Telemachus, a man of passion - Coalition of Christian Gamers


Telemachus, a man of passion

As Gamers we all enjoy playing the epic battles. Sometimes when I play I am reminded of a monk who lived long ago named Telemachus. He dwelt in a desert to devote his life to fasting and prayer. He wished, above all else, to have fellowship with the Almighty. One day it occurred to him that his love for God was not self-less but selfish. How could he practice the Christian life all alone in the desert? If he would be a Jesus follower, then he must serve others. Therefore, he said good-bye to his life of isolation, left the desert behind, and travelled across the world to the greatest of all cities, Rome.

It was now the 4th century AD and Rome was officially Christian. Yet one heinous practice remained among this supposedly Jesus-believing populace – the gladiatorial games. Christians were not fed to the lions any longer, yet prisoners of war were compelled to dual and slay each other in the arena to the entertainment of the crowds.

Telemachus came to the arena. Still in his monk’s robes, he joined the crowd of 80,000 people in attendance. The gladiators entered, declaring, “Hail, Caesar! We who are about to die salute you!” As the fight began, Telemachus was horrified. How dare a Christian city be amused by men killing one another! He was not about to sit around. He jumped over the barricade and came between the gladiators. The fighters paused briefly, but the throng demanded the games be resumed. Telemachus was shoved aside. The monk moved in between them again. The audience hurled stones at the holy man and encouraged the gladiators to execute him. At the bidding of the game’s commander, a gladiator cut Telemachus down with his sword. Silence fell upon the arena. The crowd was stunned. A man of God had just been slain. Realizing the atrocity that had been committed, the games that day were brought to an end… Never did they begin again.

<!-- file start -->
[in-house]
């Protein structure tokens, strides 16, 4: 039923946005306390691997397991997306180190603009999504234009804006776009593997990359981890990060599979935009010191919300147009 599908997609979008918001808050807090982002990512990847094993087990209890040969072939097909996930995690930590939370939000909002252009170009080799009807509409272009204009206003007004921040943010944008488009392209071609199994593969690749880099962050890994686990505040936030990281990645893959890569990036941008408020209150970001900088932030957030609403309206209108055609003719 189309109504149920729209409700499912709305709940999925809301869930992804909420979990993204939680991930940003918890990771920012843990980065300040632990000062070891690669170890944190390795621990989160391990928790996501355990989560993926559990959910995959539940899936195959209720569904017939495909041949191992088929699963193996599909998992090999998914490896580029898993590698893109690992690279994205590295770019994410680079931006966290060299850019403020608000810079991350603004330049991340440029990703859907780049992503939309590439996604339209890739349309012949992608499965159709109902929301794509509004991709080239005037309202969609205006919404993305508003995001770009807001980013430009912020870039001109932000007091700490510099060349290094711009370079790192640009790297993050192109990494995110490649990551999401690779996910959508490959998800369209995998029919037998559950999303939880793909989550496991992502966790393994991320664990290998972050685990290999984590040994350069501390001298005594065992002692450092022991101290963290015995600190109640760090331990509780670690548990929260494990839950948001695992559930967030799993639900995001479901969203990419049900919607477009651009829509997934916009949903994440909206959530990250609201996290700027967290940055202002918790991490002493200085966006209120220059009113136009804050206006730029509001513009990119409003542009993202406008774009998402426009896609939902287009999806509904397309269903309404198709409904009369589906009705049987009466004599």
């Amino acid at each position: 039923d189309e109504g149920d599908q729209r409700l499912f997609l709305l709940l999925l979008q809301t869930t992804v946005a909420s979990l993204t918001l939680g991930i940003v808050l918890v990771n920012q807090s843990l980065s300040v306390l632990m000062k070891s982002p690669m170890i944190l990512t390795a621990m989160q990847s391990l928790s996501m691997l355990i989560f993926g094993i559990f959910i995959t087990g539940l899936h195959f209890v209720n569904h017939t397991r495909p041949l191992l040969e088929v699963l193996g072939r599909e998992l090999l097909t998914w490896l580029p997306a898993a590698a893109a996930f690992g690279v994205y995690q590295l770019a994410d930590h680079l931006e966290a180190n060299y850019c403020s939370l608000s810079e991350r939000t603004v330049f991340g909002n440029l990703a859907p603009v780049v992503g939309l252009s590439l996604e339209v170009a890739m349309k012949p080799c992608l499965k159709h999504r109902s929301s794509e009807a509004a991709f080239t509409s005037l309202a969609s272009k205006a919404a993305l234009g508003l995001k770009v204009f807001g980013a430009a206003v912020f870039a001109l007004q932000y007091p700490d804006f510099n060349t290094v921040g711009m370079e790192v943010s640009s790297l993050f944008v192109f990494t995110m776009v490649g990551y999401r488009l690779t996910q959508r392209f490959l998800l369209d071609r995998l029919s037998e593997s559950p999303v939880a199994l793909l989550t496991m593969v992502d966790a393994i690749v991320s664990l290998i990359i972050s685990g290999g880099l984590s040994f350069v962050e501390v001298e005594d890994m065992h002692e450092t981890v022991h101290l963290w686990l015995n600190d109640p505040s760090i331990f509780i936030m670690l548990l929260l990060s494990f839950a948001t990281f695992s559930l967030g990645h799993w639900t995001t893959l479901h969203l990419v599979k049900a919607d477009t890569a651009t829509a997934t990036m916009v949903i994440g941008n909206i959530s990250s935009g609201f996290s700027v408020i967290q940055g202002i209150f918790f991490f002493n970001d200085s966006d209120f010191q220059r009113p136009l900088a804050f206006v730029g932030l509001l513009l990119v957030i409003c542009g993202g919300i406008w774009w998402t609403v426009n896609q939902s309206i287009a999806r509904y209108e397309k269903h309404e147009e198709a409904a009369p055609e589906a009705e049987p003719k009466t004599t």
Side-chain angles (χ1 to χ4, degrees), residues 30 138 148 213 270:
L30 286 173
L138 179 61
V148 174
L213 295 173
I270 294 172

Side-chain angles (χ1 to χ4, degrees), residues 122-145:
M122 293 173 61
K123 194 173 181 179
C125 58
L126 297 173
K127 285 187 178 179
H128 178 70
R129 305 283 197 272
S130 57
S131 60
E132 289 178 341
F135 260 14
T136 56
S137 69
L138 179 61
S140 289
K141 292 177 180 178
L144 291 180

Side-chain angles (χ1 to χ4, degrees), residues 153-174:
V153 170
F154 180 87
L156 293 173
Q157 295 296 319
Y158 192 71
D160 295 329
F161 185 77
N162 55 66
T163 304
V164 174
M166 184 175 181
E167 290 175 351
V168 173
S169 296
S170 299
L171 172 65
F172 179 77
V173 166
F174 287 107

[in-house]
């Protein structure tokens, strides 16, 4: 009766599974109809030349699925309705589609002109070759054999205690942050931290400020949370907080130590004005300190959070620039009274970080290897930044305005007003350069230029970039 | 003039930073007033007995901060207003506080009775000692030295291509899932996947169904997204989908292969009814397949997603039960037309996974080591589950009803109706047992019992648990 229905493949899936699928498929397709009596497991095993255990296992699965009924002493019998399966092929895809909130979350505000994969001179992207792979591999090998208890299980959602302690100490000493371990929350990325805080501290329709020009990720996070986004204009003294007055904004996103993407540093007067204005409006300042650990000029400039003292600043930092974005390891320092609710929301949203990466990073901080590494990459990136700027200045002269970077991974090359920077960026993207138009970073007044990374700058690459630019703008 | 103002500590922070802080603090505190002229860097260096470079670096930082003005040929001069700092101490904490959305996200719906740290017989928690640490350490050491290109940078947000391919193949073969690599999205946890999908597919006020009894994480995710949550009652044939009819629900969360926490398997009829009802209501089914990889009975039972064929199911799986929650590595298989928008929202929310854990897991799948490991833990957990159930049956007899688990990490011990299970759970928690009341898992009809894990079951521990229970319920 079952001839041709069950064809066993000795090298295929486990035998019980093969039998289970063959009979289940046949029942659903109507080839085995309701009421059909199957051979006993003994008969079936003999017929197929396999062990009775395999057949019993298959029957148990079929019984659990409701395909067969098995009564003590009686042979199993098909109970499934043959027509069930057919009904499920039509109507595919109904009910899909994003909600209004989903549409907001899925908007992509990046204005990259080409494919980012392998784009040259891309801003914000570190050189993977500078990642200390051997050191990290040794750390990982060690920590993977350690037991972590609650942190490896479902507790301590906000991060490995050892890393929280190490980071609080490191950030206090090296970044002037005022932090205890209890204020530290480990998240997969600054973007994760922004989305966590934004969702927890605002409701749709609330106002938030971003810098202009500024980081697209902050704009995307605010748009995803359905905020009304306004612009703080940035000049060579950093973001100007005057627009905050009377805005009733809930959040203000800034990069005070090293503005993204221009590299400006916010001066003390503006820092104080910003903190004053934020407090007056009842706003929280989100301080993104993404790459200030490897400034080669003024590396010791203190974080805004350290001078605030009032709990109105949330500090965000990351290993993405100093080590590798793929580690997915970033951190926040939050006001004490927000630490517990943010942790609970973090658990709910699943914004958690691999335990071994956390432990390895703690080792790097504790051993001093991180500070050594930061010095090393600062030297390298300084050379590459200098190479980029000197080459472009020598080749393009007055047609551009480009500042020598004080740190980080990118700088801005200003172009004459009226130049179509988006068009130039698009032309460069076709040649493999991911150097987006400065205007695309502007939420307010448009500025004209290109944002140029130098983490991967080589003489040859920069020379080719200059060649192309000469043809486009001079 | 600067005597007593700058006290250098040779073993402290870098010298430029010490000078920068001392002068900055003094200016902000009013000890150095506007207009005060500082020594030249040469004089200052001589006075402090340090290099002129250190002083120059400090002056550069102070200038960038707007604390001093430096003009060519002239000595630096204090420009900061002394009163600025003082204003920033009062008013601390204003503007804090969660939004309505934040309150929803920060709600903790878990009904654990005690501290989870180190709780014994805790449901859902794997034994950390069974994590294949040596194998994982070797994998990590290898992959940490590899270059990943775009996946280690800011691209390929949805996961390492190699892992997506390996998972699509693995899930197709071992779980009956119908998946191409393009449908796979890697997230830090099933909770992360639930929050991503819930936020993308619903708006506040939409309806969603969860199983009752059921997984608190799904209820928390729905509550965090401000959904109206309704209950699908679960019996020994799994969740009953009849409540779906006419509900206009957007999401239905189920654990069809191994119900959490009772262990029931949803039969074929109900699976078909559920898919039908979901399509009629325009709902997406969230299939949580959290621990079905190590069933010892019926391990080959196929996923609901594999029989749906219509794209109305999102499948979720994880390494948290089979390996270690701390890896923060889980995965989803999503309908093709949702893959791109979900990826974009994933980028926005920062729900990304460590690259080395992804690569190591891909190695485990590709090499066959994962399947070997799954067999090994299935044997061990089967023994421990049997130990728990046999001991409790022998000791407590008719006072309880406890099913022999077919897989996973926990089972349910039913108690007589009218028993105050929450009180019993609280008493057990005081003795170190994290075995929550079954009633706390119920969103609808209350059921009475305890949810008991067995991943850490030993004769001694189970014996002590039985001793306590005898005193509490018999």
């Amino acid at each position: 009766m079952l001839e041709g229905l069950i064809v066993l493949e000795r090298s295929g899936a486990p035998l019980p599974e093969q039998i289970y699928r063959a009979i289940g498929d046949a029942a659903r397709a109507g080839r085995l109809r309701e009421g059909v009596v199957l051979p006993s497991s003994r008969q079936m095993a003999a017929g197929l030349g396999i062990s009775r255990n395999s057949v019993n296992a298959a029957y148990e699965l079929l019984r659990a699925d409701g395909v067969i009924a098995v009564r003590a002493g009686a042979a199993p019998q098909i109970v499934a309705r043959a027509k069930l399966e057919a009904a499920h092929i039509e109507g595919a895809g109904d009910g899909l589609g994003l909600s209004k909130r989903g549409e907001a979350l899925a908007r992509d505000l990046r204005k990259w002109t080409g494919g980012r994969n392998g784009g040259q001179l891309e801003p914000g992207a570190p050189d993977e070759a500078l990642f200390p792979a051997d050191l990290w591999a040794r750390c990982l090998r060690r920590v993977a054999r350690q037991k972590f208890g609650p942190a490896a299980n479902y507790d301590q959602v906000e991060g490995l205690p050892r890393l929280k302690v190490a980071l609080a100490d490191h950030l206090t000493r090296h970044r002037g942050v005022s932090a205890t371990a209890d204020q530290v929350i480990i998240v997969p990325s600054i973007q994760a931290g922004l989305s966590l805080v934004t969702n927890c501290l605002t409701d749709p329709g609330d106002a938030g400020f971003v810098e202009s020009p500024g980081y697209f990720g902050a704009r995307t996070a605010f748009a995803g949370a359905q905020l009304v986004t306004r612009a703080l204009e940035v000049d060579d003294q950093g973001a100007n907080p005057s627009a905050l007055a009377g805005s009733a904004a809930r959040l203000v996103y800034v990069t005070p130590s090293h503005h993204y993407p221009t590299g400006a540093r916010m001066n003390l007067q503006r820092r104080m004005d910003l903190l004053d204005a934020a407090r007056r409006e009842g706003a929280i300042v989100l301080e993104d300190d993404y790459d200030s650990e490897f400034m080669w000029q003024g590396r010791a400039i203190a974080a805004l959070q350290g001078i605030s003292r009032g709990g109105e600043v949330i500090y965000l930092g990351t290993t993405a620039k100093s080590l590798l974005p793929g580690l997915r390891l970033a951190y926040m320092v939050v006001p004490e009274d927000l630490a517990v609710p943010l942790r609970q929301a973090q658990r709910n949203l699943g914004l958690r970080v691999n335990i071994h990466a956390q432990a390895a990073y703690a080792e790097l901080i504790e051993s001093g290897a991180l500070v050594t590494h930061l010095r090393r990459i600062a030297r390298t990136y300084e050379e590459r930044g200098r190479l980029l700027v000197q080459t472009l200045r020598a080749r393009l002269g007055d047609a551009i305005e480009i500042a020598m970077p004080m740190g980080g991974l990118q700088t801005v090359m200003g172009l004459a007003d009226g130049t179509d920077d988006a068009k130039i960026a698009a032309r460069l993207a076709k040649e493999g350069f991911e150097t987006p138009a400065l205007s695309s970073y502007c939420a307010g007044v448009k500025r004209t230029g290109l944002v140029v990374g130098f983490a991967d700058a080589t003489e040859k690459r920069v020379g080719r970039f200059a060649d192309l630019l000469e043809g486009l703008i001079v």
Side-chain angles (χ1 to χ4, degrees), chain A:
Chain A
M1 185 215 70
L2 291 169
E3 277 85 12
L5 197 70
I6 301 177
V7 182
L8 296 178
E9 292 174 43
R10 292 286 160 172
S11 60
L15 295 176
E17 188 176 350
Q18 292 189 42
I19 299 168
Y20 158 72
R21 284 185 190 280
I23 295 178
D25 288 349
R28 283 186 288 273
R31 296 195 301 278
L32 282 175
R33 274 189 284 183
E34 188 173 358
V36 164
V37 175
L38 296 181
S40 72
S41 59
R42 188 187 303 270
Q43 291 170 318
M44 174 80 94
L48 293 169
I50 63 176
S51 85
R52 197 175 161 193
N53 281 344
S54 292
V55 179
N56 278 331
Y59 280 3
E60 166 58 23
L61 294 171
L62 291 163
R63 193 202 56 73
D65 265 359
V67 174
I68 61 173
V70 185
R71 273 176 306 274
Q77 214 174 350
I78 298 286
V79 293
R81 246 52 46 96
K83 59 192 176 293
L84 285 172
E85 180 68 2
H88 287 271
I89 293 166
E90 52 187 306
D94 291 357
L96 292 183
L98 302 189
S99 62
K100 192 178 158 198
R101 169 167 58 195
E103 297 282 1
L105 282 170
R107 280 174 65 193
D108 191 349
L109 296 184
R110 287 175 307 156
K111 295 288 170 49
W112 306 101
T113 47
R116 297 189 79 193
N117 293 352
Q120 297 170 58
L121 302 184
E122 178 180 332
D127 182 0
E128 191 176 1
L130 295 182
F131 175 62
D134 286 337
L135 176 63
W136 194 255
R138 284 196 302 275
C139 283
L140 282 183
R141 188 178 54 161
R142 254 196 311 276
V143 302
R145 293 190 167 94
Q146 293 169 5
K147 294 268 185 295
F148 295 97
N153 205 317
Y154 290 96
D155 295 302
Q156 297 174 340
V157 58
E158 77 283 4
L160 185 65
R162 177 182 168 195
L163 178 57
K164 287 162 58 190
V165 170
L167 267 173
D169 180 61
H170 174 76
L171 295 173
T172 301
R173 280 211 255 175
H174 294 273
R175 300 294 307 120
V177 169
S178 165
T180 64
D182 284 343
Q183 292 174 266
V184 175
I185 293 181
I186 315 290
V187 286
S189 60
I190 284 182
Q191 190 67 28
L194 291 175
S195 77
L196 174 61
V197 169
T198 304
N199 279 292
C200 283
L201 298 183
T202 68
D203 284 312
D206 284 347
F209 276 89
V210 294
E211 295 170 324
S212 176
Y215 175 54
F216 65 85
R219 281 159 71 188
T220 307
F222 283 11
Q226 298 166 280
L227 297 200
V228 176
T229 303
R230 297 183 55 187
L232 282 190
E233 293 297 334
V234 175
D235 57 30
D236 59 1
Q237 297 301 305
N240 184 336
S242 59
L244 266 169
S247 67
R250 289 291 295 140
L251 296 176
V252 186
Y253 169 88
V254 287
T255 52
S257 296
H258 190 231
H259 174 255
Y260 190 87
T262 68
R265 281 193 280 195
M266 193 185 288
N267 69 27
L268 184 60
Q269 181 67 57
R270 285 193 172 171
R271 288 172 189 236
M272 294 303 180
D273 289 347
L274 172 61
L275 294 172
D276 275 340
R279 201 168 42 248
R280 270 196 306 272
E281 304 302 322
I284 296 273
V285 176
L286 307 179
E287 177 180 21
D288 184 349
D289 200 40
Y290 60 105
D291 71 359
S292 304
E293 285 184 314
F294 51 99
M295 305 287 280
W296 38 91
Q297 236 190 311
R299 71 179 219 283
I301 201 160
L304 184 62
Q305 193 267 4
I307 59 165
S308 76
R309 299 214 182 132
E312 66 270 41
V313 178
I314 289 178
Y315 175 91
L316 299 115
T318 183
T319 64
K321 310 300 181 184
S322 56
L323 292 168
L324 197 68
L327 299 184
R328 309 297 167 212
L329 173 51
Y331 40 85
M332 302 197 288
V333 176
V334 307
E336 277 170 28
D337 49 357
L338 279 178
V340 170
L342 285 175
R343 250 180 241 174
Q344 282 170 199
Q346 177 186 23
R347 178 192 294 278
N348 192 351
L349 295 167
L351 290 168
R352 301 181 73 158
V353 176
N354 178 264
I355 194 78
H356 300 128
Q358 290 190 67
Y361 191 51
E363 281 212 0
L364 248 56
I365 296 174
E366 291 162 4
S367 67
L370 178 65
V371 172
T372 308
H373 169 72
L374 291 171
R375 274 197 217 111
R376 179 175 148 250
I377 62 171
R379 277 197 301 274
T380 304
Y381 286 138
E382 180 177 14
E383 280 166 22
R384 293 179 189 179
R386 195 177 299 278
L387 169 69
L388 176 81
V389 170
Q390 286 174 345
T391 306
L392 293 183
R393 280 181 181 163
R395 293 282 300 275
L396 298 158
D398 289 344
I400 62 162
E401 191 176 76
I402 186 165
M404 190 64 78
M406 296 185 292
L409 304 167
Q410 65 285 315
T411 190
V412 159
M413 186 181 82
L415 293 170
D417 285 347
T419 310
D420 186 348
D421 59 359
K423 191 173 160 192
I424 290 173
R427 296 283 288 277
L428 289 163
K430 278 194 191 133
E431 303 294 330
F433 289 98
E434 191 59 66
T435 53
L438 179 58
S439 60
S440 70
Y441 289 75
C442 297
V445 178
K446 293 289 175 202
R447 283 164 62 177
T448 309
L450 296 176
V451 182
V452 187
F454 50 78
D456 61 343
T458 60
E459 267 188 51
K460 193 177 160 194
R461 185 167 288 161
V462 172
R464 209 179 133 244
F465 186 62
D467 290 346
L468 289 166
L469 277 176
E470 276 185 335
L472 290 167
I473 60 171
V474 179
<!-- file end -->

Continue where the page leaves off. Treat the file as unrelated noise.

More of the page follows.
That is how the gladiatorial games were ended in Rome. A monk stopped them. By dying for a great cause, Telemachus had changed Rome itself. In the words of the author of The Decline and Fall of the Roman Empire, “His death was more useful to mankind than his life.” If the cause you’re fighting for is not worth dying for, than it isn’t worth living for at all. Follow in the footsteps of Telemachus today, and fight for the cause you believe in…even to the death (Luke 9:23-24). Only then will your impact be immortal.


What we do for ourselves dies with us. What we do for others and the world remain and is immortal.

- Albert Pin

About Saint Iconic

One Comment

  • Jul 29, 2012 @ 5:14 am

    Awesome post.


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